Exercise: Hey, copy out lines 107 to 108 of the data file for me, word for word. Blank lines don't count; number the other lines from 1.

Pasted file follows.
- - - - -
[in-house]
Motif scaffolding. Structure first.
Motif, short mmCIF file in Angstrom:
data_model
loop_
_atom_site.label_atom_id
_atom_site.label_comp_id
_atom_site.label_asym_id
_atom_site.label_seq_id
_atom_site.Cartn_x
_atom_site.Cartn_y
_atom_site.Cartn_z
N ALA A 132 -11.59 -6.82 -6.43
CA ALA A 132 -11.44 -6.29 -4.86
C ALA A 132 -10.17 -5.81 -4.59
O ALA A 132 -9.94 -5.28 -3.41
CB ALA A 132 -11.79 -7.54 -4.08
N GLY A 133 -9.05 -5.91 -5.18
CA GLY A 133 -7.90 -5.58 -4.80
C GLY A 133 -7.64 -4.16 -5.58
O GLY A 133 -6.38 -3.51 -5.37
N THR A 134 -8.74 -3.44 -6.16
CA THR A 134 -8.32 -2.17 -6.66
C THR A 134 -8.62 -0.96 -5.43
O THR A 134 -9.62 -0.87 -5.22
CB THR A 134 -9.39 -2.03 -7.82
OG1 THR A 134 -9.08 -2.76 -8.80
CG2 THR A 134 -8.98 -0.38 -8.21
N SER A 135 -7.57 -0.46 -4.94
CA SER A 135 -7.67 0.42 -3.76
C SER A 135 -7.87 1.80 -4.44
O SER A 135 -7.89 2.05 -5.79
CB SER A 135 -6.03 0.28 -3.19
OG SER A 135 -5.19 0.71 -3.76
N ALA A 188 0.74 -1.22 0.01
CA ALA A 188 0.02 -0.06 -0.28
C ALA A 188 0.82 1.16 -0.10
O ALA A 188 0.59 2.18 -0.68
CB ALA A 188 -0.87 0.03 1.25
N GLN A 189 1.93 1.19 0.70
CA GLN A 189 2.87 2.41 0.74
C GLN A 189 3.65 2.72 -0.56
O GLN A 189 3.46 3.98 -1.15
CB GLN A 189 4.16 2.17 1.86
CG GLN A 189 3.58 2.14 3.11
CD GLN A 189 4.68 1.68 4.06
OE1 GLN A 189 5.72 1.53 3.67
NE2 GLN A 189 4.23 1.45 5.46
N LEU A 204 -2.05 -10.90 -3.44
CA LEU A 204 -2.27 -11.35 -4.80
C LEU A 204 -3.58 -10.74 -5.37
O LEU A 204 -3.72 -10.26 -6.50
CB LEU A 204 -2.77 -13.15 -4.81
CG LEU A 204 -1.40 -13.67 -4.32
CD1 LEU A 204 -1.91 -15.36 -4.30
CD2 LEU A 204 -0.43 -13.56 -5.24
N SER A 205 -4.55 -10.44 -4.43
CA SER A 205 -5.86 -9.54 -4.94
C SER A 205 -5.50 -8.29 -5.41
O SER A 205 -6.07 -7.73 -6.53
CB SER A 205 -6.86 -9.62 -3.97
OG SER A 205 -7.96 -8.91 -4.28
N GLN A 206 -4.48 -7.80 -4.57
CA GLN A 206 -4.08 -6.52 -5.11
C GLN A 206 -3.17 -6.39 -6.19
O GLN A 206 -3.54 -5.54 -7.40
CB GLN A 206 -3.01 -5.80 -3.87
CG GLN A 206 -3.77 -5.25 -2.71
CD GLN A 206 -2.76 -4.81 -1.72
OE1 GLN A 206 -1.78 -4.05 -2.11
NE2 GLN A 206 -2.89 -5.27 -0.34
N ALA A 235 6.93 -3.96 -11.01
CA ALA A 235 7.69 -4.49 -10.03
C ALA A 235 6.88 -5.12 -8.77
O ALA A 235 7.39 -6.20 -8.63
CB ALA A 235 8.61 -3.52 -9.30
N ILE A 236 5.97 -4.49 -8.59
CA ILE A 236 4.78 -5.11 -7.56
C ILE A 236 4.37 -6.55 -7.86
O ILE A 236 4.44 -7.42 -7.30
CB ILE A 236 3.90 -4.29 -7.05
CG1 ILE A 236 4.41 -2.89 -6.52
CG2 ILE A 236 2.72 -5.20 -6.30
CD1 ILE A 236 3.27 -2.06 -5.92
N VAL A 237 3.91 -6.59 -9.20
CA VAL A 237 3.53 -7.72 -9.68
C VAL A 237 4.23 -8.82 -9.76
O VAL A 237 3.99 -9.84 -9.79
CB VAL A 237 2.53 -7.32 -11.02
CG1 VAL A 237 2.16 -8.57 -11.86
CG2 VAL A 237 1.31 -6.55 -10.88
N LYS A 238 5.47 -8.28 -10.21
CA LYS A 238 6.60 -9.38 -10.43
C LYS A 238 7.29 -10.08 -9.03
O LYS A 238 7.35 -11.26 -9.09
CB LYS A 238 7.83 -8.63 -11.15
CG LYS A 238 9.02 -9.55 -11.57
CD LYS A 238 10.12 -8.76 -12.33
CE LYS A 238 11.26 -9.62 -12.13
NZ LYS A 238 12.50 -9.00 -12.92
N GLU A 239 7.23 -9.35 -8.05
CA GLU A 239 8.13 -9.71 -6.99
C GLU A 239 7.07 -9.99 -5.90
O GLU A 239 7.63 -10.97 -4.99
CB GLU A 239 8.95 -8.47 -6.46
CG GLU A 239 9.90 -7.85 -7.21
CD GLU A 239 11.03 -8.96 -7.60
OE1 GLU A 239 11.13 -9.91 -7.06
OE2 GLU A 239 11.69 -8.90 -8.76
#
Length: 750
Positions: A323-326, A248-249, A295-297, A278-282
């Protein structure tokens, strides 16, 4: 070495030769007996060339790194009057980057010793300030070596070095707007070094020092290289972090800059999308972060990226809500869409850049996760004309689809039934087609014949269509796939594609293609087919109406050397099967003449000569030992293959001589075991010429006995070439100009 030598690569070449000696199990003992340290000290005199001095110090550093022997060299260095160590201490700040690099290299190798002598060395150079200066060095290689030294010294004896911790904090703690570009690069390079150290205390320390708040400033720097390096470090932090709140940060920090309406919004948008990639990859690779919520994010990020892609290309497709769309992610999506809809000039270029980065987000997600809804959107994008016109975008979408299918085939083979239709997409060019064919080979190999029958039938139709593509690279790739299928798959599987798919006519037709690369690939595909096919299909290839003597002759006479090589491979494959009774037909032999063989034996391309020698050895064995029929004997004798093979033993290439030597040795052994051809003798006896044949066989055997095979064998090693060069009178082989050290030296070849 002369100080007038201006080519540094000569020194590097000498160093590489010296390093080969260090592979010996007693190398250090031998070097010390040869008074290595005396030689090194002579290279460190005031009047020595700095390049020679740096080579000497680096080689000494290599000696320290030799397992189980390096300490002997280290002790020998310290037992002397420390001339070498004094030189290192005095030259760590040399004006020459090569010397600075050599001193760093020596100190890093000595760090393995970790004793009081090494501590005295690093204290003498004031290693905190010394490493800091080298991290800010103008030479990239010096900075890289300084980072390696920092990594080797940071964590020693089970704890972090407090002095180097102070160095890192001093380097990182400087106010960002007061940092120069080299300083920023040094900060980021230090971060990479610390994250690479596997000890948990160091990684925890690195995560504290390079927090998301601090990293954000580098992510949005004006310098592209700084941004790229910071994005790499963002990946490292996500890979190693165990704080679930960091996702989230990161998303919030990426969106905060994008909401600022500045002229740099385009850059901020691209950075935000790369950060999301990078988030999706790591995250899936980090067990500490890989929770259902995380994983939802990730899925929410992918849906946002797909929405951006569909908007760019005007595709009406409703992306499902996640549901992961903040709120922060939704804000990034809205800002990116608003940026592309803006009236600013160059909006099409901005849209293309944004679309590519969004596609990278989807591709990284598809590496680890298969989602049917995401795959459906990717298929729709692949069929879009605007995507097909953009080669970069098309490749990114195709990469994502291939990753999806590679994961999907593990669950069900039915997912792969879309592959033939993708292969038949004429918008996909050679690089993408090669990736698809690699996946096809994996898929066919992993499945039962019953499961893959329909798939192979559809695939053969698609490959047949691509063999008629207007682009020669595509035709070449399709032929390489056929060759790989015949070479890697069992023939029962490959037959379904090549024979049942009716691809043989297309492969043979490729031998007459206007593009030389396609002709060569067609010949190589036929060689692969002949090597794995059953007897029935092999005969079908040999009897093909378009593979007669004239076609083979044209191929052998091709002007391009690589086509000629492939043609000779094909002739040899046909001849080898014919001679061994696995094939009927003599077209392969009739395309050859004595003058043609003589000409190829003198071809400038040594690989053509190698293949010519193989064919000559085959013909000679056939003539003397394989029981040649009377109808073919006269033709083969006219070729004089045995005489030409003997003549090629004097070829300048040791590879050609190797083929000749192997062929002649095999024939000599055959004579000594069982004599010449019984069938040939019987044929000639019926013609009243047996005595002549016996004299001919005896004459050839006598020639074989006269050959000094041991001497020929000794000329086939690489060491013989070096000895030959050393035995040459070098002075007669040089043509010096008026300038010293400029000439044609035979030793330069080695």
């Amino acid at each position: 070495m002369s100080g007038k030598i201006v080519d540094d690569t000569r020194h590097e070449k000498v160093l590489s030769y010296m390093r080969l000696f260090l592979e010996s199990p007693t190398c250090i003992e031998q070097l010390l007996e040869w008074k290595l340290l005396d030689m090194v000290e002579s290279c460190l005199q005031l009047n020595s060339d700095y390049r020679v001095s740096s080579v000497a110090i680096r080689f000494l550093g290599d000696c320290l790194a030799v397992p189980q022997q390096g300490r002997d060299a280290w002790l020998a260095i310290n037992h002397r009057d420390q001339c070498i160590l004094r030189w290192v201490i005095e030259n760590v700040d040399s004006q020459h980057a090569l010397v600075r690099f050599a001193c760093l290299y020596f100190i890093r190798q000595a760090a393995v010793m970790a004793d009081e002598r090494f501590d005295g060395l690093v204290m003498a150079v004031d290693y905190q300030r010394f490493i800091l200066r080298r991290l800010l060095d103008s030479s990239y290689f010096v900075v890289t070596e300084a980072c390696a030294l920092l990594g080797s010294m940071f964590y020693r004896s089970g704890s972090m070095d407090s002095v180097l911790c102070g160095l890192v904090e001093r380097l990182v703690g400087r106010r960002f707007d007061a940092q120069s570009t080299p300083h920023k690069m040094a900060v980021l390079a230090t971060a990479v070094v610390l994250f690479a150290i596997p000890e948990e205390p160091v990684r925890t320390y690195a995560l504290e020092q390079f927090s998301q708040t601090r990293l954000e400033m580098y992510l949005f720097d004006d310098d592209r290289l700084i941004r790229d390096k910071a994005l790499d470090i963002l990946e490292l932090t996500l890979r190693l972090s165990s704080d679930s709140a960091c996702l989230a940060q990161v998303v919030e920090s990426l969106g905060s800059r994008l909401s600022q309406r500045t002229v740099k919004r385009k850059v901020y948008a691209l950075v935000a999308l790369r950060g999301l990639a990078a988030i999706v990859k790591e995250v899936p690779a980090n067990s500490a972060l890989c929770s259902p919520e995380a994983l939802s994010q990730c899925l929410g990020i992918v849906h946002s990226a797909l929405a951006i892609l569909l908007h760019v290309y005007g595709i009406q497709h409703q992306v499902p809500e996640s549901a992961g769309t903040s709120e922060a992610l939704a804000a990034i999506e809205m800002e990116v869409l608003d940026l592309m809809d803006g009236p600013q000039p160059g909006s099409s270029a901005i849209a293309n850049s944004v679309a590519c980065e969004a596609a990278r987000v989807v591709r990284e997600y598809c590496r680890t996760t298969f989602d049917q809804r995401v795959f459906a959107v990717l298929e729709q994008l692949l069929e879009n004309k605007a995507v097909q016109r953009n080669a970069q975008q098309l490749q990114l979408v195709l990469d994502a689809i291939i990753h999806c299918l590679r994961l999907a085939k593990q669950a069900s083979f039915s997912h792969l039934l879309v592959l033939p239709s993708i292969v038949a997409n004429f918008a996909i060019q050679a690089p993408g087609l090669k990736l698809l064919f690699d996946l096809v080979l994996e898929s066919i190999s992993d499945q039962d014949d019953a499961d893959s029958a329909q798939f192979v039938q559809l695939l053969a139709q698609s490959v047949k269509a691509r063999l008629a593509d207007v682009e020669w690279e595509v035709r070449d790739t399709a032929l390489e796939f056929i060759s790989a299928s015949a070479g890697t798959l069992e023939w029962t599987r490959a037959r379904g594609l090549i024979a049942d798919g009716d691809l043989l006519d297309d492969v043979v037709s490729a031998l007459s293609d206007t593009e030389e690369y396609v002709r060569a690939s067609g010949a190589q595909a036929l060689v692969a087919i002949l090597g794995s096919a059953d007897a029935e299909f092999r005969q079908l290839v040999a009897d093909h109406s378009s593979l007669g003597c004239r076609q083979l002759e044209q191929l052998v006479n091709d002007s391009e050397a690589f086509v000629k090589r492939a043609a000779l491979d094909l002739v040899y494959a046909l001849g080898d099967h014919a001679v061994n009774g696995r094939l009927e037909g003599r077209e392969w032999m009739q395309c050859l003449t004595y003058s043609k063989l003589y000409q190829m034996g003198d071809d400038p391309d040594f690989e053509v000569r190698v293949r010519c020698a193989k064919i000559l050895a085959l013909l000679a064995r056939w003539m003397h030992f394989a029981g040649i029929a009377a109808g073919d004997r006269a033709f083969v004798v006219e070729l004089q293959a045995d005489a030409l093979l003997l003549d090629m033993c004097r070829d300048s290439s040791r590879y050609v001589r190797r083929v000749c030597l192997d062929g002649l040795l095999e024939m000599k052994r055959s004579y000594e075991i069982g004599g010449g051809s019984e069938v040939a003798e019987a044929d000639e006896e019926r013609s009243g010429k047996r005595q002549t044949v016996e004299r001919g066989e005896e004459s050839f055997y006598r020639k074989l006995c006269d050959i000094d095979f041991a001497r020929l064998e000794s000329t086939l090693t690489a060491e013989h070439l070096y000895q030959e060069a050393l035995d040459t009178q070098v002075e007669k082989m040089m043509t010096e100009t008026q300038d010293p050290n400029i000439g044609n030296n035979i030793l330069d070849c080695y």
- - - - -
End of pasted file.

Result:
CD GLU A 239 11.03 -8.96 -7.60
OE1 GLU A 239 11.13 -9.91 -7.06